While our needs will be a bit more extensive than the average camping family, there are requirements for all families who choose to "rough" it in more primitive campgrounds, whether in a tent or a 40' motorhome. For us, it means that our electric needs, mostly limited computer, lights and TV/DVD use in the evenings and coffee maker and toaster in the morning, must be handled by energy stored in the house batteries (DC) or produced for immediate use via a gas-powered generator.

Many national and state parks prohibit the use of generators for long periods, even the new "super-quiet" models, due to noise concerns. So while recharging the batteries every few days is a possibility, depending upon full-time generator power isn't feasible, or even environmentally friendly, as generators burn gasoline and produce emissions.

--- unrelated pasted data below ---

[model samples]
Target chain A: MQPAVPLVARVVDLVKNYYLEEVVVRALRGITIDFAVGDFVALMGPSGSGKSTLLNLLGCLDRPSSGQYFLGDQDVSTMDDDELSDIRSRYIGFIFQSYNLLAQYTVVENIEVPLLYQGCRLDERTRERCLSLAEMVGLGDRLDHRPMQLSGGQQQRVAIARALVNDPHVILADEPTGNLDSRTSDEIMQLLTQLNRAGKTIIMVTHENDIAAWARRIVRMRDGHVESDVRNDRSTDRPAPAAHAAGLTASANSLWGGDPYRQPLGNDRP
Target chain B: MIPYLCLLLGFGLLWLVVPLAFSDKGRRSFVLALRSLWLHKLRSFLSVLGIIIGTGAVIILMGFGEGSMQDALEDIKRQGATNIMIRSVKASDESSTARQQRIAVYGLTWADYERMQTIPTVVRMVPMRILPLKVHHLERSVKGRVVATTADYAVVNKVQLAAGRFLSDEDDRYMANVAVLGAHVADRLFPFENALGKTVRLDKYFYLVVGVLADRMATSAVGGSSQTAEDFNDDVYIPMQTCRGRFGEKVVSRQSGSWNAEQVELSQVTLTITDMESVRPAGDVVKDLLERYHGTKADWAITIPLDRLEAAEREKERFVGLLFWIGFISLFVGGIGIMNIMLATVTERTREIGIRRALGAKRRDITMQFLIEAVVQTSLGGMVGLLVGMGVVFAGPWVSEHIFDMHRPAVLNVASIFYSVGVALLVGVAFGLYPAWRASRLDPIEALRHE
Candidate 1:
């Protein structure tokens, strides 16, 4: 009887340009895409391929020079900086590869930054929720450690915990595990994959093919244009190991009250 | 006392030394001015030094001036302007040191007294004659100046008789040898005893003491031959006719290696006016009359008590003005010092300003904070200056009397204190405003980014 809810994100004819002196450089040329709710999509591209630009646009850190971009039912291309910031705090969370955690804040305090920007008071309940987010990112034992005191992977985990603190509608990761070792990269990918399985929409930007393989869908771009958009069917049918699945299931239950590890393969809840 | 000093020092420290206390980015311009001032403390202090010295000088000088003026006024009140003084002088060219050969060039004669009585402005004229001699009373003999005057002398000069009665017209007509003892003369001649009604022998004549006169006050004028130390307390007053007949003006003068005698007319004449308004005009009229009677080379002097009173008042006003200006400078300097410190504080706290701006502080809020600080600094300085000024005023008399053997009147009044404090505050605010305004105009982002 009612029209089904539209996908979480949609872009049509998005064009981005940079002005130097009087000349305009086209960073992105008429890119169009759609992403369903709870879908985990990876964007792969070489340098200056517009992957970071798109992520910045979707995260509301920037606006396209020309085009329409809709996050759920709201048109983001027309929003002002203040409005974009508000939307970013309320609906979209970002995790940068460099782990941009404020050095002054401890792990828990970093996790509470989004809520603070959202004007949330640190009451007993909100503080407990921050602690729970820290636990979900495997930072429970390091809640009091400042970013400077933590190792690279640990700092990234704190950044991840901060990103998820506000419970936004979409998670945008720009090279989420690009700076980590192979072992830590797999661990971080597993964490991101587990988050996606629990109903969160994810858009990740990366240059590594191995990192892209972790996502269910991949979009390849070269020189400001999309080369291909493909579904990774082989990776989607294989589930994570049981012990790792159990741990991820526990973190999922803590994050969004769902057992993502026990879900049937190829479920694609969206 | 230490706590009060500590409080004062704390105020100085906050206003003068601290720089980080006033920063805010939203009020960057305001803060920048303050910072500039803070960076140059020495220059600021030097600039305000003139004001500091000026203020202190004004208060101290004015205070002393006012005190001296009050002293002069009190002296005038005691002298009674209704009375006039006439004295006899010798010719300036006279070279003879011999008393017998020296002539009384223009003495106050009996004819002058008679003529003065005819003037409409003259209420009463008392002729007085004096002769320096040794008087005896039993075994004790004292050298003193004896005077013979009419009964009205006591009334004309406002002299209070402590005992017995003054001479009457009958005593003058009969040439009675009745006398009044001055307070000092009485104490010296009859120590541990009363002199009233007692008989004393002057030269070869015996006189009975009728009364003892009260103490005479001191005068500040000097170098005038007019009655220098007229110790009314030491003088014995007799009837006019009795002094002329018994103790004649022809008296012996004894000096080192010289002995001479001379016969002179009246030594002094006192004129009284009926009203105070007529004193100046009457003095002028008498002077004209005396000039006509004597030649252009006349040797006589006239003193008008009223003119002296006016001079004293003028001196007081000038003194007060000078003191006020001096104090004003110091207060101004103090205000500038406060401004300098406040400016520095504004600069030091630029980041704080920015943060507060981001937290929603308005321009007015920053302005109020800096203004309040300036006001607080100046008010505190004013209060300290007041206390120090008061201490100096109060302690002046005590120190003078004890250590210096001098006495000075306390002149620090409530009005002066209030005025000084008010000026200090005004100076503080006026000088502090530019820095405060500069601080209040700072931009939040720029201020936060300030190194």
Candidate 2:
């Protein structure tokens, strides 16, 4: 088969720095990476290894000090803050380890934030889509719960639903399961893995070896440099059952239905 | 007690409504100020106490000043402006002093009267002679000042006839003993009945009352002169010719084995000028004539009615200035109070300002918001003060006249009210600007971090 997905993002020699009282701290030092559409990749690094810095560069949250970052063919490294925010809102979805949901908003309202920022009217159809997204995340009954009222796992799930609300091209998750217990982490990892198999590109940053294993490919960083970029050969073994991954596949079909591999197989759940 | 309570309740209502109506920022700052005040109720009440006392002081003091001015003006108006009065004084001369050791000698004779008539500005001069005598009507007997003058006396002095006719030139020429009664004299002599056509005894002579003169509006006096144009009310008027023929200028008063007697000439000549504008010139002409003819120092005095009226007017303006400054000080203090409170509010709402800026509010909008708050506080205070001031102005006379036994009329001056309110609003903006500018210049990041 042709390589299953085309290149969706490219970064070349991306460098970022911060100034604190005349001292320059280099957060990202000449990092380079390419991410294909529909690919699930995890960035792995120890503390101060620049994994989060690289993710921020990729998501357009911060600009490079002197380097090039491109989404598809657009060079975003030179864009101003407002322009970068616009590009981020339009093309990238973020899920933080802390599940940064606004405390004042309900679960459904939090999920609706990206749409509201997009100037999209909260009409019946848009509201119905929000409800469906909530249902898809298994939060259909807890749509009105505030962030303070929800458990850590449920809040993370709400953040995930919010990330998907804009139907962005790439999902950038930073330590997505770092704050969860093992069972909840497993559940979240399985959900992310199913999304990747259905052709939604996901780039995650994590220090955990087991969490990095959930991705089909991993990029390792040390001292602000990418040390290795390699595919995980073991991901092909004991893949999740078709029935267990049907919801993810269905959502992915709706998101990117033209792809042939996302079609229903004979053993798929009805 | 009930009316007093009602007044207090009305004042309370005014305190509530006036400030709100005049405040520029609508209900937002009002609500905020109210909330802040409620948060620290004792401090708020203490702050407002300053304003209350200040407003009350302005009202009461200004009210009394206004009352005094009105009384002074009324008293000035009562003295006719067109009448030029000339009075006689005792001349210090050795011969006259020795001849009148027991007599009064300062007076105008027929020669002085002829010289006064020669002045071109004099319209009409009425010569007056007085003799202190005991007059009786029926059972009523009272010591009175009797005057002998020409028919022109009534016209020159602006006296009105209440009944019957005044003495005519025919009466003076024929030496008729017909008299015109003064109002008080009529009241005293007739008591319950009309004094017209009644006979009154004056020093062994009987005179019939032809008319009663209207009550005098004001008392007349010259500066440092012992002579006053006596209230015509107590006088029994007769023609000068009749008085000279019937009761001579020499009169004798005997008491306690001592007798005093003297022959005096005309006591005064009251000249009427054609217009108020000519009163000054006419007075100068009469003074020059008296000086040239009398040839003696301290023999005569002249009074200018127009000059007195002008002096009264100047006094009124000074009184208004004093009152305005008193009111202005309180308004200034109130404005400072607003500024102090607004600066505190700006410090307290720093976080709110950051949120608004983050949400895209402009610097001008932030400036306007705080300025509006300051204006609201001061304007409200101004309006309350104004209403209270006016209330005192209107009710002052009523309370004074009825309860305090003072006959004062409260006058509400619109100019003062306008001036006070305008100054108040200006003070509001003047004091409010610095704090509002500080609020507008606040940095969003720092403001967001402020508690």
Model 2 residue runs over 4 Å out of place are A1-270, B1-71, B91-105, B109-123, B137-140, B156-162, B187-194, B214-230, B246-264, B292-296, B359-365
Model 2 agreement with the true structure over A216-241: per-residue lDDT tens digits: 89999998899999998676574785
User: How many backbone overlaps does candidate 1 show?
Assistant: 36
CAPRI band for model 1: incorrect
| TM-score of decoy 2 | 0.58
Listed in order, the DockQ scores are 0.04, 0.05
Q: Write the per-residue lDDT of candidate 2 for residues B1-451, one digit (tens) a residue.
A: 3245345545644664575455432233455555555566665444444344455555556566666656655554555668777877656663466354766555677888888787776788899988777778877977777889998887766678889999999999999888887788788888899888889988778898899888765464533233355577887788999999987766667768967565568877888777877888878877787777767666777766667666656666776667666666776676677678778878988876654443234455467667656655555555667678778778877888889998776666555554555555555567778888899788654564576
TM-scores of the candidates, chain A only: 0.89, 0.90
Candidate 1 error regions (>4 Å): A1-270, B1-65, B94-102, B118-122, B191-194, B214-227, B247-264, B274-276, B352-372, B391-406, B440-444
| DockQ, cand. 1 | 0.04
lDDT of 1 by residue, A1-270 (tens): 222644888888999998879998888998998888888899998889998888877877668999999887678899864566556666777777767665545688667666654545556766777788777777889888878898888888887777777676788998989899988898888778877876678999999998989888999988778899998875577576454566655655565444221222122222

While not an inexpensive initial outlay, we've decided to replenish most of our energy usage with a solar-electric set-up consisting of 2 125W solar panels mounted on the trailer's roof and a medium-sized bank of deep-cell batteries for energy storage. We'll convert from DC 12volt to AC 110volt, as we can then use most of our own appliances, rather than purchase new 12volt substitutes. On days with little sunshine, we'll supplement recharging with a small generator (2KW), rather than having to invest in a large (4.5KW+), expensive model.

Of course, all of this is hypothetical, as we still haven't purchased our trailer yet. In addition, the question is whether I can install the system myself, or have to turn everything over to an RV electrician. Stay tuned.